"About this time, the Ohkrana agents retired...."

I for one am wholly convinced of the truth of the "cover story" that R was expecting to see Irina at F's invitation. Pehaps if only Vyrubova had told it there may be doubt, however Alexandra's telling it to N. gives it extrinsic credibility. It actually makes sense now that perhaps women WERE there, so the R might hear a female voice and assume it was Irina.
« Last Edit: December 31, 1969, 06:00:00 PM by admin »

Offline Annie

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Re: Rasputin's Murder
« Reply #249 on: January 12, 2006, 03:16:15 PM »
I know Radzinksky is not popular here, but according to "The Rasputin File", there were 2 women present and he named them by name. One was a ballerina, one was Dmitri's stepsister, his stepmother's child by her first husband. Anna V. was apparently friends with the  latter, and got the report from her. This is  mentioned in her book, and seems to have been backed up by police reports released after the Soviet regime fell, which stated 2 women were seen by police being shoved out a door around dawn, this is mentioned in "The Rasputin File."  I will consult the books and come back later with direct quotes.
« Last Edit: December 31, 1969, 06:00:00 PM by Annie »

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Re: Rasputin's Murder
« Reply #250 on: January 12, 2006, 04:02:59 PM »
Here is an excerpt from Vyroubova's "Memories of the Russian Court" Ch. 13, from the main AP website:

"On the afternoon of December 16 (December 30) I was sent by the Empress on an errand, entirely non-political, to Rasputin's lodgings. I went, as always, reluctantly, because I knew the evil construction which would be placed on my errand by any of the conspirators who happened to see me. Yet, as in duty bound, I went. I stayed the shortest possible time, but in that brief interval I heard Rasputin say that he expected to pay a late evening visit to the Yussupov Palace to meet Grand Duchess Irene, wife of Prince Felix Yussupov. Although I knew that Felix had often visited Rasputin it struck me as odd that he should go to their house for the first time at such an unseemly hour. But to my question Rasputin replied that Felix did not wish his parents to know of his visit. As I was leaving the place Rasputin said a strange thing to me. "What more do you want?" he asked in a low voice. "Already you have received all." All that his prayers could give me? Did he mean that?

That evening in the Empress's boudoir I mentioned this proposed midnight visit, and the Empress said in some surprise: "But there must be some mistake. Irene is in the Crimea, and neither of the older Yussupovs are in town." Once again she repeated thoughtfully: "There is surely a mistake," and then we began to talk of other things. The next morning soon after breakfast I was called on the telephone by one of the daughters of Rasputin, both of whom were being educated in St. Petersburg. In some anxiety the young girl told me that her father had gone out the night before in the Yussupov motor car and had not returned. I was startled, of course, and even a little frightened, but I did not then guess the real significance of her news. When I reached the palace I gave the message to the Empress, who listened with a grave face but with little comment."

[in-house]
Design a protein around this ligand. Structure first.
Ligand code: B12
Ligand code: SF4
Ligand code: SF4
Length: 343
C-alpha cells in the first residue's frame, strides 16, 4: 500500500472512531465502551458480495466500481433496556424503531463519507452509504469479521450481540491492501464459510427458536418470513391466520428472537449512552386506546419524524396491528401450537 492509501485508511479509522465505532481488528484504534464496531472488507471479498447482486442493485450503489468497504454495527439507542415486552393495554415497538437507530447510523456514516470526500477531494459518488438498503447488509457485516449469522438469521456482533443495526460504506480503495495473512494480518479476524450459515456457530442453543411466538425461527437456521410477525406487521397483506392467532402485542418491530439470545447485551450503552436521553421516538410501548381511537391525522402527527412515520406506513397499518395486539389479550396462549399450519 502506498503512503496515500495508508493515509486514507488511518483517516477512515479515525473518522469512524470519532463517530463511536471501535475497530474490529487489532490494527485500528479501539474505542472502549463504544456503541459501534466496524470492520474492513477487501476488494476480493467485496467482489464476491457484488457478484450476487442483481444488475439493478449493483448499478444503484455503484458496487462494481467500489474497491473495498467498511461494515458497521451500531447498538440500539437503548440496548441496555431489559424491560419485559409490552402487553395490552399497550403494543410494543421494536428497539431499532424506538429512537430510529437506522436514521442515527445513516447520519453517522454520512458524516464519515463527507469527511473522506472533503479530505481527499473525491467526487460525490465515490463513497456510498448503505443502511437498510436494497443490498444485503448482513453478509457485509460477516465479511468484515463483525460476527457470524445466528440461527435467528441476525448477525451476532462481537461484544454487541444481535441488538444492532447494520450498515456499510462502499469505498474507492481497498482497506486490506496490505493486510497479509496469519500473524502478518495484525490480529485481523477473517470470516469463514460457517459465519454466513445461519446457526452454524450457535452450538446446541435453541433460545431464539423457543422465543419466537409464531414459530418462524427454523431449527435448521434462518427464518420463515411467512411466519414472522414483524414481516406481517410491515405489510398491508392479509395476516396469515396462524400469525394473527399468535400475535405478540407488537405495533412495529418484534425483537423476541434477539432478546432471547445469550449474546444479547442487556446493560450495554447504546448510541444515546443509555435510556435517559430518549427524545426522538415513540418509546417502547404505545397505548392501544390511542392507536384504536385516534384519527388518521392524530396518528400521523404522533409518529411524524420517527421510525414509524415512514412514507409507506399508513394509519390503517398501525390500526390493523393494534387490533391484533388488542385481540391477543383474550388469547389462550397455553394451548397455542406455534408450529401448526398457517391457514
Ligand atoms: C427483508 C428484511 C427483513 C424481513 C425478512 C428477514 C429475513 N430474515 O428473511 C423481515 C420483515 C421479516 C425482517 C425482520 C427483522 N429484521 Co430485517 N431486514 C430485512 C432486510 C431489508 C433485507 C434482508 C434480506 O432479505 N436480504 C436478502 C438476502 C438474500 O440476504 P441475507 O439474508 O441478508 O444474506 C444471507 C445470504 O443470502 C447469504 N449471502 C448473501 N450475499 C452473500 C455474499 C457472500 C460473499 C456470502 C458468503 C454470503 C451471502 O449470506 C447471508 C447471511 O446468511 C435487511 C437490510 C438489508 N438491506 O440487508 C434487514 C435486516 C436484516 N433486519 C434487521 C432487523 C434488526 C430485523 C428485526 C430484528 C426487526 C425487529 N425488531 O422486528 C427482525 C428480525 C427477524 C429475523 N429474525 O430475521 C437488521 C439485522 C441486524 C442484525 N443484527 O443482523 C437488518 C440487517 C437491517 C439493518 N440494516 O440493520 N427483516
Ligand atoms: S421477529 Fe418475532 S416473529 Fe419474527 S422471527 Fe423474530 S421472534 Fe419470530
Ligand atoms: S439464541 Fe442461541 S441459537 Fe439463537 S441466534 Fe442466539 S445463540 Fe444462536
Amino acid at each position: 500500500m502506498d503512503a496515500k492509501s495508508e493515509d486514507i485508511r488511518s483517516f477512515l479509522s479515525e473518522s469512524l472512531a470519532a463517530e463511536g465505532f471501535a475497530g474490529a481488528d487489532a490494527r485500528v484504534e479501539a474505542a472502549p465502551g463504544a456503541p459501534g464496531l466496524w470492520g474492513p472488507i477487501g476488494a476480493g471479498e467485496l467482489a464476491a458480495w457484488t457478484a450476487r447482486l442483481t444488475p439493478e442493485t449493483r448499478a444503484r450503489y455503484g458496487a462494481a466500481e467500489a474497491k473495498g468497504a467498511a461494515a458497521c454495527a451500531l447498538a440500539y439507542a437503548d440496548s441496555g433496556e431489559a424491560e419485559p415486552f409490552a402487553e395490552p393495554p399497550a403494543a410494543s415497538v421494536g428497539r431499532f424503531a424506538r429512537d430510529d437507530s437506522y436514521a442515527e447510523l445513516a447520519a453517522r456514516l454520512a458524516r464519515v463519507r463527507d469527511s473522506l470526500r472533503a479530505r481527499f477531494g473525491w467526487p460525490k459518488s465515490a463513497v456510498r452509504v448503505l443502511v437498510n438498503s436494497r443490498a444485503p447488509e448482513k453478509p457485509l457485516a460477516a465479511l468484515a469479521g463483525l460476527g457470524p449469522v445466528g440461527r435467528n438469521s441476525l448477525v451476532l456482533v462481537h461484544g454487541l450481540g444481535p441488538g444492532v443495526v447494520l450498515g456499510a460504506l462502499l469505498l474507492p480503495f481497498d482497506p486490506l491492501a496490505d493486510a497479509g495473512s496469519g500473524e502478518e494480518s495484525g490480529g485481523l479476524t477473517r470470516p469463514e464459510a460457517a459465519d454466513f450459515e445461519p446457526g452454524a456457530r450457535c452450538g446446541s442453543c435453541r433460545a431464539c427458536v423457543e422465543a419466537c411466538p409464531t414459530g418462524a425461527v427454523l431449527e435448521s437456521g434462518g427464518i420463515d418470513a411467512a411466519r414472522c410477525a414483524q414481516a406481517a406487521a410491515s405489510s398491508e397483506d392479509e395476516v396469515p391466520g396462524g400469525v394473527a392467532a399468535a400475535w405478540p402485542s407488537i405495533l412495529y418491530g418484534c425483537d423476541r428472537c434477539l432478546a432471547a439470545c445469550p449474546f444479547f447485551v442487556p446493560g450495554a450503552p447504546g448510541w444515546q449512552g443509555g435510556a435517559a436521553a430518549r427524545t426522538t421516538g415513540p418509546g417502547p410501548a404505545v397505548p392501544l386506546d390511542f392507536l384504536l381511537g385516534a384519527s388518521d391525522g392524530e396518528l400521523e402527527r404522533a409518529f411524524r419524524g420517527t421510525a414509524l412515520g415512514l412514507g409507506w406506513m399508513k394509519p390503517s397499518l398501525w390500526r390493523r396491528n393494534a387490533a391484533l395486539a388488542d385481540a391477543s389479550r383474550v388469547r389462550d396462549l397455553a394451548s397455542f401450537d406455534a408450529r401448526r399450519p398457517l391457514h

Offline Annie

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Re: Rasputin's Murder
« Reply #251 on: January 12, 2006, 04:11:40 PM »
While you are reading her memories, can you find the part where she talks of the females at Yussoupov's that night?

I found something on it in Radzinsky's book, I will post it in my next post.

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Re: Rasputin's Murder
« Reply #252 on: January 12, 2006, 04:29:40 PM »
Vyrubova says nothing about any women being present.

Offline ChristineM

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Re: Rasputin's Murder
« Reply #253 on: January 12, 2006, 04:37:50 PM »
Another female name, said to have been present that night, is Vera Corelli.   She was an opera singer, I think.   She was also Felix's cousin.

tsaria

Offline Annie

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Re: Rasputin's Murder
« Reply #254 on: January 12, 2006, 04:54:50 PM »
"The Rasputin File"
from page 467

The murderers could not, of course, have failed to arrange for the participation of women. It was not for nothing that when the preparations for the murder were being made, Felix had written to Irina "Malanya's also taking part." It was not for nothing, either, that the police had information about the presence of women that night, and that Tsarskoe Selo had the information, too...

I easily found the ballerina's name in the Department of Police case file. There were several whole reports about Vera Karalli, whom police suspected of taking place in the  murder night. "Vera Karalli, a performer with the  Ballet company of the Imperial theatres, 27 years old. During her stays in the capital, she was visited by Grand Duke Dmitri Pavlovich" an agent reported. Her presence at the Yussoupov palace that night was also claimed by Simonovich, who went to the police station on the Moika Canal on Dec. 17 with Bishop Isador....

But Karalli was also not the only woman at the Yussoupov palace that night. They knew in Tsarskoe Selo of the participation of another lady, a much more important one. Vyrobova names her straight out: Marianna Derfelden, daughter of Grand Duke Paul's wife Olga by her first marriage to Alexander Pistolkors...

the police evidence against Marianna was so serious, that she, the stepdaughter of a grand duke, was arrested!...

She was called Marianna, but her sarcastic friends mockingly twisted her French name into the peasant name, "Malanya."
« Last Edit: December 31, 1969, 06:00:00 PM by Annie »